Date of Award


Document Type


Degree Name

Master of Science


Department of Operational Sciences

First Advisor

James W. Chrissis, PhD

Second Advisor

Edward A. Pohl, PhD


The analysis of fuel air mixing in a scramjet is often accomplished either with Computational Fluid Dynamics (CFD) algorithms or through experimental research. These approaches, while accurate and reliable, are extremely expensive and thus not well suited for use with conventional design optimization methods. In this investigation, Variable Complexity Modeling (VCM) is used to significantly reduce the number of complex, expensive analyses required to optimize the design of a scramjet fuel injection array. A design problem formulation for a lateral transverse injection array is developed and a VCM approach to design optimization is conducted in two stages. Initially, a simplified analysis model is used to provide relatively inexpensive predictions of design fuel air mixing characteristics. A parametric analysis is conducted to explore the design region, and a preliminary optimal design is found using both Sequential Quadratic Programming and a Genetic Algorithm. In the second stage, response surface methodology is supplemented with preliminary stage information to minimize the number of expensive analyses required to finalize the design. It is shown that only 25 design evaluations are required to develop a near optimal design.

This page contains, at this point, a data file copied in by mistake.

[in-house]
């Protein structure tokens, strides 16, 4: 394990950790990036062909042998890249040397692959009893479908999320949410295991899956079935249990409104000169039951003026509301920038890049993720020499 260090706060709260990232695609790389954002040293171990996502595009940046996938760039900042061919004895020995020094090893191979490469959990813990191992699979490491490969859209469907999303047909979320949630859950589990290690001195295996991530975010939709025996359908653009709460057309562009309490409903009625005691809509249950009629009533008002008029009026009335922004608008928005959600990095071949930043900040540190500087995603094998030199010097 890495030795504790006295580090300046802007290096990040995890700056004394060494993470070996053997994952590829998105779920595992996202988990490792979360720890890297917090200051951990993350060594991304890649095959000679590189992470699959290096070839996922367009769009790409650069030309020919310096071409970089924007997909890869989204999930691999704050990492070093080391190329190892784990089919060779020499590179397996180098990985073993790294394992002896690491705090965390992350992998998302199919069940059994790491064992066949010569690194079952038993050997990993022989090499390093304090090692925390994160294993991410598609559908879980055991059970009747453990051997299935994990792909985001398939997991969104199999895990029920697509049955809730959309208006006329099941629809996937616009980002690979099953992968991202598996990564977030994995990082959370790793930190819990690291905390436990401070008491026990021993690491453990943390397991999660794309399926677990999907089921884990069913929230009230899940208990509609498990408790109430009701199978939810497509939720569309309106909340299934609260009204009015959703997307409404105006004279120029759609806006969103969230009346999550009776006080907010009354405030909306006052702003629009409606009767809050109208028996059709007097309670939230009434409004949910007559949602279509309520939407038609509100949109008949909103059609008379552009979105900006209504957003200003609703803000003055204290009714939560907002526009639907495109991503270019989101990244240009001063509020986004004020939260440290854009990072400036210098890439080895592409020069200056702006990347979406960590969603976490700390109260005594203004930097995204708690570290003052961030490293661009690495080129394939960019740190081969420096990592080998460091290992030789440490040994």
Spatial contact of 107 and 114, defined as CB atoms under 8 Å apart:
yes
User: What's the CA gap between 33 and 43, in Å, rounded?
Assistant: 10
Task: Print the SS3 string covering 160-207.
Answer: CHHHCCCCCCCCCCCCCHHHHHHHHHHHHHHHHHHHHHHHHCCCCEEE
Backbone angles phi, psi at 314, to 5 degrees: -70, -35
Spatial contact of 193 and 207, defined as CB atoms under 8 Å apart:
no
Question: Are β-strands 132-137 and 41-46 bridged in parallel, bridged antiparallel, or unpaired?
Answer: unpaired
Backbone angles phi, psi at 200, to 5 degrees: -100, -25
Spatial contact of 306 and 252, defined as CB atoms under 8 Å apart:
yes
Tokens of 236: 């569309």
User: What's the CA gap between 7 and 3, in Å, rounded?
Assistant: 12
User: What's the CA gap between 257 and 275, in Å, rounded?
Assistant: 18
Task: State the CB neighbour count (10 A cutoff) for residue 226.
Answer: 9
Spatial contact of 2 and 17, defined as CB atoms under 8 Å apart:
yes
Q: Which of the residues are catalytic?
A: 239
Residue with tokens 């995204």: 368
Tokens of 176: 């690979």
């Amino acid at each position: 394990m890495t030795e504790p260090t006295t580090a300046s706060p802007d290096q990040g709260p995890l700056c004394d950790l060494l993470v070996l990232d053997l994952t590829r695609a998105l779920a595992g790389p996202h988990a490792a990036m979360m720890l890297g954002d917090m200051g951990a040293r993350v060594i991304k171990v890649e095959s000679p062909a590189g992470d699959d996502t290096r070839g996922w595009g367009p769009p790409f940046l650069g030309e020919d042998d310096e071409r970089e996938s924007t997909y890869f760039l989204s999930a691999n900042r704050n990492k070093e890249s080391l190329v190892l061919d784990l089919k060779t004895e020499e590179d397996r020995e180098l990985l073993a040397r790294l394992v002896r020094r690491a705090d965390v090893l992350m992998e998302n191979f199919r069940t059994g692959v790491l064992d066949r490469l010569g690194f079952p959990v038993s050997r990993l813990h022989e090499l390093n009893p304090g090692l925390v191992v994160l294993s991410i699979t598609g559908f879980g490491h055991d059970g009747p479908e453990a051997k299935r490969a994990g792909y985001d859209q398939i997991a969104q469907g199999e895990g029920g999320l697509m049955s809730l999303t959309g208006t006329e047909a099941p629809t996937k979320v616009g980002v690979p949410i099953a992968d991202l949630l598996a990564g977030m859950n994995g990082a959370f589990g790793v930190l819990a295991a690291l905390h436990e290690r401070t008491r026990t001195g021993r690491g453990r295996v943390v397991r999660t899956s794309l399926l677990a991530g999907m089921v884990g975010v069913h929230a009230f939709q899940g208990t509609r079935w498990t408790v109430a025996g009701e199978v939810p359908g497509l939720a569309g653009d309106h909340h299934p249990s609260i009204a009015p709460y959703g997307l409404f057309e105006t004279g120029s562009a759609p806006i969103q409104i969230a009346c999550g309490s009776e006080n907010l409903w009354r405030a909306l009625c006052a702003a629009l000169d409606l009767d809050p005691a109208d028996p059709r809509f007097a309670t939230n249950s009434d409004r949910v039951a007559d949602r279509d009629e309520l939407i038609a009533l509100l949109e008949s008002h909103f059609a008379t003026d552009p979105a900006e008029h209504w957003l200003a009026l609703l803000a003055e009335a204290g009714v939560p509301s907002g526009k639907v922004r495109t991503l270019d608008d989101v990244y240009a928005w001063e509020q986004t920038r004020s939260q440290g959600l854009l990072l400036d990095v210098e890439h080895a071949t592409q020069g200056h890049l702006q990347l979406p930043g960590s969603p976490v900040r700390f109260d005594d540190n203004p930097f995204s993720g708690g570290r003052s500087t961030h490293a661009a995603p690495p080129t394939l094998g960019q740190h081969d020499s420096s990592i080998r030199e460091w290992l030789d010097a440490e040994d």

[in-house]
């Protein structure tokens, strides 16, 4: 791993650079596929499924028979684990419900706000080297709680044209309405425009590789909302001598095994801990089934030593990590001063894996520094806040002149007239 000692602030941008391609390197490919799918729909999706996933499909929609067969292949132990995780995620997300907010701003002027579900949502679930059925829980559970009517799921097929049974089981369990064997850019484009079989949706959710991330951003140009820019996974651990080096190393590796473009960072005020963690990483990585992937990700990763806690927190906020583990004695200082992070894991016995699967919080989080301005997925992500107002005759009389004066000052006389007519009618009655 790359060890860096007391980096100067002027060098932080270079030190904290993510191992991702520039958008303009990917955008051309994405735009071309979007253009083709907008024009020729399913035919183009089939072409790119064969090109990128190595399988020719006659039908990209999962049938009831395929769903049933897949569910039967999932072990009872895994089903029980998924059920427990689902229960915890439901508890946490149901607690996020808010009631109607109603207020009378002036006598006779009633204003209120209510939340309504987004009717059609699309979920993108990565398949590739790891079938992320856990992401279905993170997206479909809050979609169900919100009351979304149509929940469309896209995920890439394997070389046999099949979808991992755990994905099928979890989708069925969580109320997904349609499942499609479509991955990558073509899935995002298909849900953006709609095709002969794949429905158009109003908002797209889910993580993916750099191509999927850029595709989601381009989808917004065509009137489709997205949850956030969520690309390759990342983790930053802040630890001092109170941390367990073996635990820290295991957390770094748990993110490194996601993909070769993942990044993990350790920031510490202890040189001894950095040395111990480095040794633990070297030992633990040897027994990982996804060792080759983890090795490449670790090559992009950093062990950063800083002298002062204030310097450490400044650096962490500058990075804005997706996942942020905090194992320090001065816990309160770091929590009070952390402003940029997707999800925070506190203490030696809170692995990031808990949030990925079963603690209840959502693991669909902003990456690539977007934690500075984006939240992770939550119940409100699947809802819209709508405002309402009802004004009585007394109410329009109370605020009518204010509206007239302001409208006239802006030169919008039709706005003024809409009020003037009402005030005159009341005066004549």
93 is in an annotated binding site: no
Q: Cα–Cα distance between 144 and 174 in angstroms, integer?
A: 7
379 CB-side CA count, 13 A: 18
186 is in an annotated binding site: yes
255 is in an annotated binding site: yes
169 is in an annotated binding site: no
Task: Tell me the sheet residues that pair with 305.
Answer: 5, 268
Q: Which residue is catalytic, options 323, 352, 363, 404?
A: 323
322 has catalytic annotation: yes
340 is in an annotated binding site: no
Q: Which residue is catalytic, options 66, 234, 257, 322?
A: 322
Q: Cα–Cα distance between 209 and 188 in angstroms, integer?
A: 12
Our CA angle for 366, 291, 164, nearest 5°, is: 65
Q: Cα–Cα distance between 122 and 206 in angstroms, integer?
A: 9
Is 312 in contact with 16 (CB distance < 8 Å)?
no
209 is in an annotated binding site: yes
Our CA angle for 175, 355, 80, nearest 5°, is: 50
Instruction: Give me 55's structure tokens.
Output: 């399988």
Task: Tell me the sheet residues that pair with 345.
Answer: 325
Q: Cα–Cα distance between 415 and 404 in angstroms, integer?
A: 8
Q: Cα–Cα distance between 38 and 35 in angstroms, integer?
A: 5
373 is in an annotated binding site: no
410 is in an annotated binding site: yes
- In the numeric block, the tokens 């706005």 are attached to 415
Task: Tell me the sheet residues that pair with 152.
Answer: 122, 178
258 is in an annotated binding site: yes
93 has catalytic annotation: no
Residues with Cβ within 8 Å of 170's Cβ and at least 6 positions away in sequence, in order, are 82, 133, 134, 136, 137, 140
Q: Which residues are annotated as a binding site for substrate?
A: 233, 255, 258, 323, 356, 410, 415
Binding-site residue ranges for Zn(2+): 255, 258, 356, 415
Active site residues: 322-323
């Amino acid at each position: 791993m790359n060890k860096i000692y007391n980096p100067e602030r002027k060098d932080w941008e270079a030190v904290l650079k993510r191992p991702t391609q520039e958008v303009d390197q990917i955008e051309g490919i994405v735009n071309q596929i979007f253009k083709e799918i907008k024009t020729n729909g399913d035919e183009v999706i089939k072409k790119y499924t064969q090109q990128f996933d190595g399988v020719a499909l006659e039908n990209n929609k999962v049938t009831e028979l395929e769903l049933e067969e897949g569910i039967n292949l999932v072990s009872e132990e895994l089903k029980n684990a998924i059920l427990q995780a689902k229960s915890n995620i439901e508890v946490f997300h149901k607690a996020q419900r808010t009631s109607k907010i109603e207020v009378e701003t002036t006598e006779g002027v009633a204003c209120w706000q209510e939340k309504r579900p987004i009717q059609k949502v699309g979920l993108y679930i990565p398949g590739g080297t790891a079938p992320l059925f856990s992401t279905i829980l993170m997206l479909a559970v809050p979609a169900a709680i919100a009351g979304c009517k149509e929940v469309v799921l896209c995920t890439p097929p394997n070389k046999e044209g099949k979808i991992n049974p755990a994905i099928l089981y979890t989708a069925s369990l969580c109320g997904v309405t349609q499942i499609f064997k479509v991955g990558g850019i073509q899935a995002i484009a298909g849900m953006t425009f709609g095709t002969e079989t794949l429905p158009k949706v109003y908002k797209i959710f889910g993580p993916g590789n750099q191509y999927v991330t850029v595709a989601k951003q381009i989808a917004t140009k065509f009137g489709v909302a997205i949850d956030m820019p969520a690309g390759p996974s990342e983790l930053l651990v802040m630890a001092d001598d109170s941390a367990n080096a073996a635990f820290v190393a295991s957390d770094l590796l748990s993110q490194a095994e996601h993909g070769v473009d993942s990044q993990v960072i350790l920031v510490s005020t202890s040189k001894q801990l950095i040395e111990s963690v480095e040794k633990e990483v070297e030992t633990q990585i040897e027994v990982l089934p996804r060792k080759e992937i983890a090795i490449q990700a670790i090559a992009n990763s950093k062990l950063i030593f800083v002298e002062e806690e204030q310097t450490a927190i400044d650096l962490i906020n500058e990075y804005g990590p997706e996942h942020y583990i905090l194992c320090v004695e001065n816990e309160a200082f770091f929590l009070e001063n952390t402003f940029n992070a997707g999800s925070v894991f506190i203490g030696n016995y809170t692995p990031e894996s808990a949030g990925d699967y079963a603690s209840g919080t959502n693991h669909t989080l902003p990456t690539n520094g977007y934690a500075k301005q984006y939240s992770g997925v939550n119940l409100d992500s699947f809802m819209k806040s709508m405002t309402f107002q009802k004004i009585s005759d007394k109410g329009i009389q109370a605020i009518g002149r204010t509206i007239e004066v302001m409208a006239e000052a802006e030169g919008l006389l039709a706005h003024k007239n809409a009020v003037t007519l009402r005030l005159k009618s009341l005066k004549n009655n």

AFIT Designator


DTIC Accession Number